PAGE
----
Pseudoepitheliomatous Hyperplasia Skin ICD-10, Symptoms, Causes, Treatment

Read about Pseudoepitheliomatous Hyperplasia Skin ICD-10, Symptoms, Causes, Treatment.

Pseudoepitheliomatous Hyperplasia is a benign reactive process that arises in reaction to chronic irritation, inflammation, or injury to the skin. Squamous epithelium grows excessively, resulting in thicker layers that mimic squamous cell carcinoma. Though it may have a frightening appearance, PEH is actually a cutaneous reaction rather than a cancerous growth.


    Depending on the underlying reason and the location of the affected area, the symptoms of pseudoepitheliomatous hyperplasia may vary. 

    Typical signs consist of:

    • Skin lesions or plaques that are thick and elevated
    • Inflammation and redness
    • Erosion or ulceration of the skin
    • Itching and soreness in the afflicted area

    It's vital to diagnose correctly because these symptoms can mimic other skin problems.

    Pseudoepitheliomatous Hyperplasia Skin ICD-10, Symptoms, Causes, Treatment


    There are several things that might cause pseudoepitheliomatous hyperplasia, like:

    Chronic Skin Irritation

    Scratching, rubbing, or chemical exposure can cause PEH by irritating the skin repeatedly. This discomfort may be exacerbated by diseases like psoriasis or chronic dermatitis.


    Pseudoepitheliomatous Hyperplasia can result from repeated fungal or bacterial infections. These infections may cause squamous epithelium overgrowth due to inflammation.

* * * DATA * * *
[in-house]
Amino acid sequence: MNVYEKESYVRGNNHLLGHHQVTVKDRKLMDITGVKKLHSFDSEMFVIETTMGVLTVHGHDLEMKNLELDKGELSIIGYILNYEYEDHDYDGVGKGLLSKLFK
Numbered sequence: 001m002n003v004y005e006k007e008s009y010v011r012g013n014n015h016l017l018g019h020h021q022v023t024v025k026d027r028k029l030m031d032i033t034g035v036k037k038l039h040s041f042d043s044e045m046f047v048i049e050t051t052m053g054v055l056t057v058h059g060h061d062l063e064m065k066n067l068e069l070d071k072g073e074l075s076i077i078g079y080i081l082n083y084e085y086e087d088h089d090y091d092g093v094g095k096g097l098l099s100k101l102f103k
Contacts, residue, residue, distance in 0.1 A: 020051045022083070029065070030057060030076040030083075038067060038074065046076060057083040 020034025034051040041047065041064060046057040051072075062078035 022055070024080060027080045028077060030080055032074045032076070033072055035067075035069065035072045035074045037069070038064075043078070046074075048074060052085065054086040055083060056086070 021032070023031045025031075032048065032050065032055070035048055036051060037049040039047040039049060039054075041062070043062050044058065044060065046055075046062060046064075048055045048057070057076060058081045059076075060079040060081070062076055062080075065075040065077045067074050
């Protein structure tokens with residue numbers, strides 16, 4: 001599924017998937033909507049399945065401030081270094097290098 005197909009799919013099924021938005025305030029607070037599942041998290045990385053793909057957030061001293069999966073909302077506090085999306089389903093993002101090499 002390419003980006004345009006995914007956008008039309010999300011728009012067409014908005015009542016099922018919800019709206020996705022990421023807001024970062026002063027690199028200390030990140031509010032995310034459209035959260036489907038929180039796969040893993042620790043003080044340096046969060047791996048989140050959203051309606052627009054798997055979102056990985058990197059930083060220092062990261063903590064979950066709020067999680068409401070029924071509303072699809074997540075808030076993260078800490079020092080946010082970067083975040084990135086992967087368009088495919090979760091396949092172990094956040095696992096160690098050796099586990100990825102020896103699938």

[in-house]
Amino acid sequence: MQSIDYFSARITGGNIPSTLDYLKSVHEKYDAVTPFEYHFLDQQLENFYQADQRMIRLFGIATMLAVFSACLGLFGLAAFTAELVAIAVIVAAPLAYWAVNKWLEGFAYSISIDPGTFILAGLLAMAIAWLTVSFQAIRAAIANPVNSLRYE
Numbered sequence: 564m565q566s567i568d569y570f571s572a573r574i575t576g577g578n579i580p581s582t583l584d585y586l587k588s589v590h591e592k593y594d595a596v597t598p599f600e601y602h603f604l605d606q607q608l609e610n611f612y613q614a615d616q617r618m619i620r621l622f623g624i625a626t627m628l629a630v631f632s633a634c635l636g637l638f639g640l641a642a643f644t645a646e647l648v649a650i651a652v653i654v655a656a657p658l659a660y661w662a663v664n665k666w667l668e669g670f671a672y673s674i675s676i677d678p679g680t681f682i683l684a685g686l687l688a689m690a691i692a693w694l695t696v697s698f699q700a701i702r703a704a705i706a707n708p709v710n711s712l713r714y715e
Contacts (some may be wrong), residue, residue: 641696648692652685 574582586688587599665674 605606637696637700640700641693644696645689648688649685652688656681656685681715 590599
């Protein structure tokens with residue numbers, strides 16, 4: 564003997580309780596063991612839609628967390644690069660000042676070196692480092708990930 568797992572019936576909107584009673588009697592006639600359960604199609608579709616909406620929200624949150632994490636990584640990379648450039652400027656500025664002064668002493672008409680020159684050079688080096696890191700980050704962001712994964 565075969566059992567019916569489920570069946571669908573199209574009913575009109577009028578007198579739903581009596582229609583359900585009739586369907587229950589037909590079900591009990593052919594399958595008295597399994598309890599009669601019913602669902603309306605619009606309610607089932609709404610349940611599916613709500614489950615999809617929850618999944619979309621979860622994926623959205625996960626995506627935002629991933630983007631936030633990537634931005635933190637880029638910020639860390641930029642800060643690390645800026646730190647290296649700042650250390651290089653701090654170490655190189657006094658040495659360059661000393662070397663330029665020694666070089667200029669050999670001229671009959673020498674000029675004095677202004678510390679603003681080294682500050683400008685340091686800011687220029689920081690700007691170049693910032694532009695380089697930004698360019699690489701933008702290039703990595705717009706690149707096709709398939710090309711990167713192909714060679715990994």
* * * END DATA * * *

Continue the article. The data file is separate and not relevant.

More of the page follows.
Trauma or Injury

    The onset of PEH can be triggered by skin trauma, such as burns, cuts, or surgical wounds. In reaction to the injury, the body speeds up cell growth, which may lead to the development of hyperplastic tissue.


    Dermatologists must perform a thorough examination in order to correctly diagnose pseudoepitheliomatous hyperplasia. Usually, the diagnosis entails:

    • Extensive examination of the affected area
    • Reviewing the patient's medical history and symptoms
    • A skin biopsy is performed for microscopic examination.

    To distinguish PEH from other skin disorders that could exhibit similar symptoms, a microscopic study of the biopsy sample is essential.


    The goal of Pseudoepitheliomatous Hyperplasia treatment is to treat the underlying cause, alleviate symptoms, and return the skin to its normal appearance. Possible choices are as follows:

    • Topical corticosteroids reduce inflammation and facilitate healing.
    • Antifungal or antibacterial drugs to treat underlying infections
    • To soothe and hydrate the affected area, use moisturizers or emollients.
    • If the lesions are large or chronic, surgery may be required to remove them.
    • Cryotherapy or laser therapy can be used to eliminate hyperplastic tissue.

    Treatment is determined by the severity and location of the ailment, as well as the individual patient's preferences and medical history.


    Pseudoepitheliomatous Hyperplasia may not always be preventable, however there are several steps that can be taken to lower the risk or effectively manage the illness. These consist of:

    • Avoiding prolonged exposure to irritants or allergens
    • Keeping your skin clean and routinely hydrating
    • Addressing any skin infections or wounds right away
    • Consult a doctor if you have persistent or recurrent skin problems

    People who are prone to chronic skin disorders must see a dermatologist frequently since early detection and treatment can avert consequences.

    Pseudoepitheliomatous Hyperplasia Skin ICD-10

    ICD-10-CM codes that can be used to indicate a diagnosis for reimbursement purposes include:

    L85.8: Other specified epidermal thickening

    L85.9: Epidermal thickening, unspecified

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